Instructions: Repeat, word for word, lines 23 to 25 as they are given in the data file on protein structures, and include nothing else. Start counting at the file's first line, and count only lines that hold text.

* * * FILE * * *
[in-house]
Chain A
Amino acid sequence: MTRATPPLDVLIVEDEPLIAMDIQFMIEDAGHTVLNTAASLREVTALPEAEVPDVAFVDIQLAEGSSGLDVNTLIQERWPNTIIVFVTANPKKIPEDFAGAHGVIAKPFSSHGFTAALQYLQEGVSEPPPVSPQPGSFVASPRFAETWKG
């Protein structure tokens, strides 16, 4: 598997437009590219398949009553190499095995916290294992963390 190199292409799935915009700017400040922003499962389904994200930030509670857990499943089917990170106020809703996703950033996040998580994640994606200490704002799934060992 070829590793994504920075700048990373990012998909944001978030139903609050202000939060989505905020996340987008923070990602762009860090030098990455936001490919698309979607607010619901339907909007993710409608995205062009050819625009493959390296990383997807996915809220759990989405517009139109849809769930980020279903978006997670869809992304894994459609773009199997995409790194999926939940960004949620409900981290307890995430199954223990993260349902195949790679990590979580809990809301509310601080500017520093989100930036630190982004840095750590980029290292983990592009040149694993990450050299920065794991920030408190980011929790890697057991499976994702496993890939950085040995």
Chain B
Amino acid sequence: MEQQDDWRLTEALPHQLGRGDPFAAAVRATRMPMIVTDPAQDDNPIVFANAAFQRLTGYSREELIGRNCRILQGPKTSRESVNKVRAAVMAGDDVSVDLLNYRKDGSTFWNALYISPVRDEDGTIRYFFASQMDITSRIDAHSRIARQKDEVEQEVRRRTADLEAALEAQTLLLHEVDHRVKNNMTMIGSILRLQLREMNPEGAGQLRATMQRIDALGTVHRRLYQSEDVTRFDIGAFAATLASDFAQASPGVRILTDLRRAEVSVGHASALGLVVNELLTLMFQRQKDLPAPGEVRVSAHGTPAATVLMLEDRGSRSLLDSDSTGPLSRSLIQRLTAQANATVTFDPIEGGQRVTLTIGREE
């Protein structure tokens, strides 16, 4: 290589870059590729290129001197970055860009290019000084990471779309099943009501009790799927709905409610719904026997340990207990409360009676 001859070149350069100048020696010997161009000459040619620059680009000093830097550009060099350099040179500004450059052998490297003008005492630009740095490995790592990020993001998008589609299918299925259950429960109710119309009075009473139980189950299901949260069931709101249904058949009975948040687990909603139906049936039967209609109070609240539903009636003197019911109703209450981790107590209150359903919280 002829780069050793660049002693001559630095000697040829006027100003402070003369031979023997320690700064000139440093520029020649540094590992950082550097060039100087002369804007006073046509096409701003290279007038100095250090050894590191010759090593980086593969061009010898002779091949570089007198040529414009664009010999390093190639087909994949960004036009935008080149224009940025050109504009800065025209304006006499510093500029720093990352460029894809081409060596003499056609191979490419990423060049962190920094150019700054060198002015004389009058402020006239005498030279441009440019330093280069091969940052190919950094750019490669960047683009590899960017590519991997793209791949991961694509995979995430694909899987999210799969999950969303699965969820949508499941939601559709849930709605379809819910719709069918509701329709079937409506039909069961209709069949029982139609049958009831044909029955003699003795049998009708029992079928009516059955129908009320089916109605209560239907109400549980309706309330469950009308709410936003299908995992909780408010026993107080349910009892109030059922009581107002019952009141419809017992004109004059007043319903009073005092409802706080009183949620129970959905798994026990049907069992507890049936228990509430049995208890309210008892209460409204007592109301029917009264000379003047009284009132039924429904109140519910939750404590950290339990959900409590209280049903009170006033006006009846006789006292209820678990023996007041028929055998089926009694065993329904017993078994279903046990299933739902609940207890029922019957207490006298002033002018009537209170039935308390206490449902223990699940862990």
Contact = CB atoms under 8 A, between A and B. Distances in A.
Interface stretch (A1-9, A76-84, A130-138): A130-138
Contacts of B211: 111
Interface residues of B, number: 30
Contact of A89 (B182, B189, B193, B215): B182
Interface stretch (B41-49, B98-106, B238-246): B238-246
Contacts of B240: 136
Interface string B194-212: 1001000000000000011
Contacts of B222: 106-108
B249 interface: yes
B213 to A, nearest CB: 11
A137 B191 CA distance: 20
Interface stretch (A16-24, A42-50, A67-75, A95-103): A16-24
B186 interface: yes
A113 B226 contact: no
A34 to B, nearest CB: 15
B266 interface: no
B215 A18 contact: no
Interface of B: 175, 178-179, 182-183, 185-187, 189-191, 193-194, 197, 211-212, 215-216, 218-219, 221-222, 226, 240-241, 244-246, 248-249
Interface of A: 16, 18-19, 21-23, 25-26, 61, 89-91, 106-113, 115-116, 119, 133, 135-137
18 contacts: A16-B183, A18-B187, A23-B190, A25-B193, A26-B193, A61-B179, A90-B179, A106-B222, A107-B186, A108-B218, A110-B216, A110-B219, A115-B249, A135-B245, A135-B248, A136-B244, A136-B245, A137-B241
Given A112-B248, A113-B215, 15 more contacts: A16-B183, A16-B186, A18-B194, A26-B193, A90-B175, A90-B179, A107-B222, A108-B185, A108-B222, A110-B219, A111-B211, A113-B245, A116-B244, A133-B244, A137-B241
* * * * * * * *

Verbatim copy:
A34 to B, nearest CB: 15
B266 interface: no
B215 A18 contact: no